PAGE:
Bloodied Lance Armstrong shares update following fall, hospitalization

Former pro racing cyclist Lance Armstrong found himself in the hospital on Wednesday, Aug. 8, 2018, following a nasty accident on a Colorado bike trail.

Taking to Instagram and his his 217,000 followers after the incident, Armstrong shared a photo of himself that showed his bloodied face and clothes. "Well, sometimes you're the hammer and sometimes you're the nail," he wrote in his caption for the gory selfie.

The 46-year-old went on to explain that he'd been riding along on one of his favorite paths, the Tom Blake trail in Snowmass Village, Colo. when he apparently crashed, hitting his head. Admitting his failure to get past injuries looked at by doctors, Armstrong said, "For the 46 yrs prior to today I completely would have blown off getting checked." But he's apparently since learned the importance of taking care of one's body, as he added, "Not now."

After his accident, Armstrong decided to seek medical treatment and went to Aspen Valley Hospital for an examination. There, Dr. Charlie Abramson — a man whom Armstrong had apparently randomly met weeks earlier — checked out his injuries. And luckily, it appears that Armstrong is doing just fine.

"Charlie, thanks for looking after me," Armstrong wrote, sending his appreciation to the doctor.

Armstrong — who, at one point, had a whopping seven Tour de France wins under his belt — has continued to pursue biking over the years, despite his fall from grace. As reported by The New York Times in 2012, the former champion was stripped of his seven big victories after he was accused of doping before races. Though he denied the charges at first, he later admitted to TV host Oprah Winfrey in 2013 that he had indeed used performance-enhancing drugs (via Entertainment Tonight). He also shared that he wanted to make things up to all those who'd felt betraying by his cheating, stating, "I will spend the rest of my life trying to earn back trust and apologize to people."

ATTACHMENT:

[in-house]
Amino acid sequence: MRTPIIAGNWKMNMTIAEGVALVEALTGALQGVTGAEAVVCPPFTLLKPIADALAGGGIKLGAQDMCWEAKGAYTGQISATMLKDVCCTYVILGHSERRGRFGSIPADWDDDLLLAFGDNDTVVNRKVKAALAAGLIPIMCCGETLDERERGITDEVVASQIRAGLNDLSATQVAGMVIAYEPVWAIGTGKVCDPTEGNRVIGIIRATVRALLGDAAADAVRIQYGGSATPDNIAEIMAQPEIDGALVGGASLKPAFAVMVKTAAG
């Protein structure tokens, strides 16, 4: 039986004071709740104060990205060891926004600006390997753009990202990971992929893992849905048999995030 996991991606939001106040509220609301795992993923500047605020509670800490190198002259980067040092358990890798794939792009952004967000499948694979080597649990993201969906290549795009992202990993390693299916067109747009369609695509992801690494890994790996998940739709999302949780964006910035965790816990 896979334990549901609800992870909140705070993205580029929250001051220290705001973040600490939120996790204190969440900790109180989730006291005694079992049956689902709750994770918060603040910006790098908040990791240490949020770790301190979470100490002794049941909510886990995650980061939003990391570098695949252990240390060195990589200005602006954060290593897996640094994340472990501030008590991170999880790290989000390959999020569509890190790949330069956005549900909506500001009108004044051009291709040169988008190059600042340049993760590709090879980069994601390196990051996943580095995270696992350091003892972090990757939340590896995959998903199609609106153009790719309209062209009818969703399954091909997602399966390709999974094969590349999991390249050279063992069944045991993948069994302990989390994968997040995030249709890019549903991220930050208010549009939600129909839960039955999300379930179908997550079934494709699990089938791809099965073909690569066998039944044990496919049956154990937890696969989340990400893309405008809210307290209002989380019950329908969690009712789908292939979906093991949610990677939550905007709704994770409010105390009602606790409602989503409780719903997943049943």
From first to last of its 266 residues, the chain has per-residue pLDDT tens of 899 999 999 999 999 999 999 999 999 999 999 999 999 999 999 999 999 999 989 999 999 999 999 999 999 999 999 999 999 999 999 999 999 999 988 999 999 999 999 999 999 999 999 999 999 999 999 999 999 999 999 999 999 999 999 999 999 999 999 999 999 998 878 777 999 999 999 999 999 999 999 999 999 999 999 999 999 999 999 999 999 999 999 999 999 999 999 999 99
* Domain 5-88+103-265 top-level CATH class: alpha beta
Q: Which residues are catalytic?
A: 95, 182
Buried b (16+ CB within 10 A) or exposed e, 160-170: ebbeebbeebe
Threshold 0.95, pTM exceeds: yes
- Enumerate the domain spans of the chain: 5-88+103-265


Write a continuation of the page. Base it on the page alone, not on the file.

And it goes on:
He's since made his return to the public eye with his podcast The Move, which has performed favorably (via CNBC). Let's just hope that Armstrong can keep up the good, honest work — and avoid any more brutal bike accidents — as he goes forward.